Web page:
Hawaiian International Billfish Tournament: Japan, Vanuatu and China vying for lead
Andrew Neill of Port Vila Sport Fishing Club has had good days before at the Hawaiian International Billfish Tournament — after all, the Vanuatu angler was on the 2011 championship team — but he never experienced success like he did on Wednesday.
Neill’s 470.5-pound blue marlin wasn’t just the biggest catch of the day, it also was the largest he’s ever caught.
“The year that we won it we had seven tags — they were all tags,” he said, referring to marlins that weigh less than 300 pounds and are tagged and released. “This is the first time I’ve landed a fish (that was a keeper).”
Neill battled the fish for an hour and 42 minutes in the Makolea Point area.
“I enjoyed every minute of it,” he said. “This is what we came for. I’ve been waiting for this for four years.”
It wasn’t his only one of the day aboard the Northern Lights, captained by Kevin Nakamaru. Neill also caught a marlin estimated at 275 pounds Wednesday. Both were reeled in on 50-pound test lines, which resulted in a bonus. The team also received a bonus for the biggest catch of the day, resulting in 1,027 points for the day, putting them in second place.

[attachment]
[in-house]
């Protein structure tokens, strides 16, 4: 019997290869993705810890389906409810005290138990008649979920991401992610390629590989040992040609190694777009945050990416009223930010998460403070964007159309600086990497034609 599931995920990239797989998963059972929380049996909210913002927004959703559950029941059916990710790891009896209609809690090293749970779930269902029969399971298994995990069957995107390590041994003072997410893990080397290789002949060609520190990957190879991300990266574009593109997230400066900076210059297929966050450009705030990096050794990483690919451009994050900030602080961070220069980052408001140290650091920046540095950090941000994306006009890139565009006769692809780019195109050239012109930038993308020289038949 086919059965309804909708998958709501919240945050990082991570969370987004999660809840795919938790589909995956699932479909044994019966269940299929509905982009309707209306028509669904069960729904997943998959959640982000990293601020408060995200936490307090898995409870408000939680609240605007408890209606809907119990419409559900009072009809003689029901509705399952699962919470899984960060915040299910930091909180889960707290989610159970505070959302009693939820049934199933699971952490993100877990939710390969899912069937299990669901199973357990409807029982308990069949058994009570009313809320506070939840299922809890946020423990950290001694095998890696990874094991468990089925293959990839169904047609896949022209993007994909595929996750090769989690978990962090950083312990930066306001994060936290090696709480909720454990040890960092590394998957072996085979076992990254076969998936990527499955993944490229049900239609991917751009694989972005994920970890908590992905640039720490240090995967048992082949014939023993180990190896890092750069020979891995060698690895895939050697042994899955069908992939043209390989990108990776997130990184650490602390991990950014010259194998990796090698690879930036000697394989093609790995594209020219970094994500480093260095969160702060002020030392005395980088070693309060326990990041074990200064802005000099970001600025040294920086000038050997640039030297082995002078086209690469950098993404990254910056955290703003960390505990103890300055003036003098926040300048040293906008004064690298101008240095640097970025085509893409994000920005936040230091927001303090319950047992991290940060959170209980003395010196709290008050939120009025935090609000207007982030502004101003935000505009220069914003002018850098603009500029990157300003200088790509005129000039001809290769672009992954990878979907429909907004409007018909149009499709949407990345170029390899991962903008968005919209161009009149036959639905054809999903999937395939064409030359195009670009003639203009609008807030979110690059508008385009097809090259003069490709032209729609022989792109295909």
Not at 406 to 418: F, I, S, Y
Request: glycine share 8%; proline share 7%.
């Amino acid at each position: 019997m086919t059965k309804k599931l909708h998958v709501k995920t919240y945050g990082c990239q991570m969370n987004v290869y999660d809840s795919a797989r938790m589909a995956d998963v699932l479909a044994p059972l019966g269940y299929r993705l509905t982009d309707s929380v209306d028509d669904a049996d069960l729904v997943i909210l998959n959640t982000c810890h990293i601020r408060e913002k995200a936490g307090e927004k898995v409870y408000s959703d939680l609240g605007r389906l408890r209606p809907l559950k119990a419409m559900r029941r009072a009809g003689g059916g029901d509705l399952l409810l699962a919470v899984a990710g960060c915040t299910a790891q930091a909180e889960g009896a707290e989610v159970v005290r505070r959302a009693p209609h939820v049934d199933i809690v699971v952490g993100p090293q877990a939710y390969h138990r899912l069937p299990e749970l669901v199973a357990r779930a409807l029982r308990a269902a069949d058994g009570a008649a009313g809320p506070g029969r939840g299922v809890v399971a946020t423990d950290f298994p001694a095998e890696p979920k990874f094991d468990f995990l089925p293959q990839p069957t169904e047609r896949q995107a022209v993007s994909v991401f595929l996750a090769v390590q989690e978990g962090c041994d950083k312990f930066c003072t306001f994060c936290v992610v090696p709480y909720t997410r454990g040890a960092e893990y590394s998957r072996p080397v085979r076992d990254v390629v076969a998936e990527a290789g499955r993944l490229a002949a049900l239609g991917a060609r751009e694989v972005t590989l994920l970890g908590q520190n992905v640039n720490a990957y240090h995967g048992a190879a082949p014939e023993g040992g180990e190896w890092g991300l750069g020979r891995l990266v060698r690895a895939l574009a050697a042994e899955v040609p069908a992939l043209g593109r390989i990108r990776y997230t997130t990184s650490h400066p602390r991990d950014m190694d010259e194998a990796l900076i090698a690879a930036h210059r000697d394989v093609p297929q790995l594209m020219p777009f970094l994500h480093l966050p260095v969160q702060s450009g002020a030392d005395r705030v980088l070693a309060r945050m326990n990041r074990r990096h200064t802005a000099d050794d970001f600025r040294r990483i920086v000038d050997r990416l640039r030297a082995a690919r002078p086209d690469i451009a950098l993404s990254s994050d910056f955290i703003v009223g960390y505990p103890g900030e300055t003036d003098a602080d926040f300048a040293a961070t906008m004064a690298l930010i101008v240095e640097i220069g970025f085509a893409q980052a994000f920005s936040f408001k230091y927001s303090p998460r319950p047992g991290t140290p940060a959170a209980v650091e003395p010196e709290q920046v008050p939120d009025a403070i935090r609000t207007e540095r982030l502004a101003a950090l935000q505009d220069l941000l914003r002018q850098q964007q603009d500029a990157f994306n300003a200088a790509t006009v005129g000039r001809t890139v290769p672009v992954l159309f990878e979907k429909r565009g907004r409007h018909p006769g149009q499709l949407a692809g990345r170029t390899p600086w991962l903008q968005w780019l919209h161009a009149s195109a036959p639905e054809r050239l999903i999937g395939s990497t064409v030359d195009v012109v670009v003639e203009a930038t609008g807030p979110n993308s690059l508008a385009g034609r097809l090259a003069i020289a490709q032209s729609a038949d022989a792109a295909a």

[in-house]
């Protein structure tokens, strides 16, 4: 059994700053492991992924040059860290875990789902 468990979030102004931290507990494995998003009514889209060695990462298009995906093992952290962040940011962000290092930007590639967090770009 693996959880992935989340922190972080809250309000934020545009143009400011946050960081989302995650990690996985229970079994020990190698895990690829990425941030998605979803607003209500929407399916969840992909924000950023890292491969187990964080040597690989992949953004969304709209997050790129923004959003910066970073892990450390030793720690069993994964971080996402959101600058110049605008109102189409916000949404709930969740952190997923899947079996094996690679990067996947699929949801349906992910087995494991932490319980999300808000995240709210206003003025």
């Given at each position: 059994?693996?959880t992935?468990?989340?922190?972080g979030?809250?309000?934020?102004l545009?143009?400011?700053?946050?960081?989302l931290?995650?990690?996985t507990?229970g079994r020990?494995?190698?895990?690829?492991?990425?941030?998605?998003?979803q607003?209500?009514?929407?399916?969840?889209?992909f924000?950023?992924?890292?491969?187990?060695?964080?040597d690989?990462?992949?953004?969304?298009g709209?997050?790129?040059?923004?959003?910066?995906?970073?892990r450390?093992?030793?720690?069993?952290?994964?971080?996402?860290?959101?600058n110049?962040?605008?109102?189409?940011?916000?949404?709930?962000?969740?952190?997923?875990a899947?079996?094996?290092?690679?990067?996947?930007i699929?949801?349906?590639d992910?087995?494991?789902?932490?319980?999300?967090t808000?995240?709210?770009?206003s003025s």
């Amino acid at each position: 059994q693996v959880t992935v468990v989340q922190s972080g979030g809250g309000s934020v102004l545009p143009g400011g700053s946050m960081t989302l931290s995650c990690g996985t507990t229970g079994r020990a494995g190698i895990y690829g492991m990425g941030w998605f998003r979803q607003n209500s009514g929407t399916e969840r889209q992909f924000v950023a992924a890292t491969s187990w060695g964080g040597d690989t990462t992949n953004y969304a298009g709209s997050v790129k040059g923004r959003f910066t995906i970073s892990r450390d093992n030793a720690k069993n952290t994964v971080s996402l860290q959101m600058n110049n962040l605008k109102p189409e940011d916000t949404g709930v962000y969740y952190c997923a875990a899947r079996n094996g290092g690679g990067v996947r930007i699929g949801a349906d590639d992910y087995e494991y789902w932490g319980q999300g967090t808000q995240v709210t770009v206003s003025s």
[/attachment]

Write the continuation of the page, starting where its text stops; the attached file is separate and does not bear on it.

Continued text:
Japan’s Olympian Dream Fishing Club held the lead with 1,029 points after the third day of the competition, which runs through Friday.
The China Sea Wolf Club is third with 600 points, and Liu Ming reeled in a 167.7-pound ahi after a 15-minute fight Wednesday morning.
“When I started, (it was) very difficult because the fish is strong,” he said. “After 14 minutes fighting, there’s suddenly no strength. It seemed as if the line was broken. I was very afraid, actually. I was reeling it in very fast. In 15 minutes, I caught this fish.”
Amy Gunther of Orange County, California, also had a big day Wednesday. She caught her first blue marlin. The fish, estimated at 170 pounds, was not large enough to keep, but that didn’t temper her enthusiasm.
“Really exciting,” she said of the catch, which came after a 20-minute fight. “I’ve caught a lot of striped marlins, down in Mexico and other places, but never a blue.”
Gunther said that Capt. Lance Gelman and his Medusa crew played a big role in it.
“The crew and captains here are just incredible,” said Gunther, who is a part of the Old South Marlin Club-Pacific Rim. “They are so helpful. They just calm you down and talk you right through it.”
Gunther said she’s been coming to Kona for the past seven years, and she now has bragging rights over team captain Steve Gunther and angler Ken Onion.
“I was the cheerleader for the first five years, and I started fishing last year,” she said. “I put us on the board this year and the boys didn’t.”
The competition will resume this morning at 7:30 at Kailua Pier.